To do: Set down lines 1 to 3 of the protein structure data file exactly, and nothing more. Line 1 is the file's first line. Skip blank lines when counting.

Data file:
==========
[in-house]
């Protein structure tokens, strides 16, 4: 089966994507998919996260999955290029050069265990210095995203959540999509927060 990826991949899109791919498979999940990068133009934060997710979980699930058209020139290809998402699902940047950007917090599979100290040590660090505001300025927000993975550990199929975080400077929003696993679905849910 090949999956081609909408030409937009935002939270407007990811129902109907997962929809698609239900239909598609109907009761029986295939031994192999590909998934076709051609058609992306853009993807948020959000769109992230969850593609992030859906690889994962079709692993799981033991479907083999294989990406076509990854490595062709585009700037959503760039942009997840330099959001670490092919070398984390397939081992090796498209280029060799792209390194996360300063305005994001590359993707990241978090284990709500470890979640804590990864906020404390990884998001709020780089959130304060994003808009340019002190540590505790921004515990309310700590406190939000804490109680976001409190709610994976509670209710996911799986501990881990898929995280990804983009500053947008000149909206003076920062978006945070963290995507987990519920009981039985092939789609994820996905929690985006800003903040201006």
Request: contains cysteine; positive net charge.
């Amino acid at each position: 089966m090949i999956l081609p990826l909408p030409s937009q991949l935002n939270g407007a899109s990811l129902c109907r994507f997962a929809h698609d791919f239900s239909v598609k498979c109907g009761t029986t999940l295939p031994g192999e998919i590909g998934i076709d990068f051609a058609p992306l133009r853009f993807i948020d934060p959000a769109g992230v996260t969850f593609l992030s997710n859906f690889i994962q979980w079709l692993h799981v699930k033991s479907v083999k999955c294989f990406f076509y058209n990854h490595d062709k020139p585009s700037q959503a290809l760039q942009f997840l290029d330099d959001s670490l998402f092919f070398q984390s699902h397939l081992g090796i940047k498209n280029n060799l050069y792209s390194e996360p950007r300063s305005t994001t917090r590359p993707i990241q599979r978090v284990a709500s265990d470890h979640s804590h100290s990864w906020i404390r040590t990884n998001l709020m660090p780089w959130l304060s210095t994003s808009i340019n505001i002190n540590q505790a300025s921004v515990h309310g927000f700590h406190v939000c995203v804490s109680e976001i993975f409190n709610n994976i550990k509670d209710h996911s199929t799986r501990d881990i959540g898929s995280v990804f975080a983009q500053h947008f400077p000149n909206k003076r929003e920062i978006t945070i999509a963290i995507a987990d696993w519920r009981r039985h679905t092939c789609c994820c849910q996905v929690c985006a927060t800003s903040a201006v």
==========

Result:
[in-house]
């Protein structure tokens, strides 16, 4: 089966994507998919996260999955290029050069265990210095995203959540999509927060 990826991949899109791919498979999940990068133009934060997710979980699930058209020139290809998402699902940047950007917090599979100290040590660090505001300025927000993975550990199929975080400077929003696993679905849910 090949999956081609909408030409937009935002939270407007990811129902109907997962929809698609239900239909598609109907009761029986295939031994192999590909998934076709051609058609992306853009993807948020959000769109992230969850593609992030859906690889994962079709692993799981033991479907083999294989990406076509990854490595062709585009700037959503760039942009997840330099959001670490092919070398984390397939081992090796498209280029060799792209390194996360300063305005994001590359993707990241978090284990709500470890979640804590990864906020404390990884998001709020780089959130304060994003808009340019002190540590505790921004515990309310700590406190939000804490109680976001409190709610994976509670209710996911799986501990881990898929995280990804983009500053947008000149909206003076920062978006945070963290995507987990519920009981039985092939789609994820996905929690985006800003903040201006």
Request: contains cysteine; positive net charge.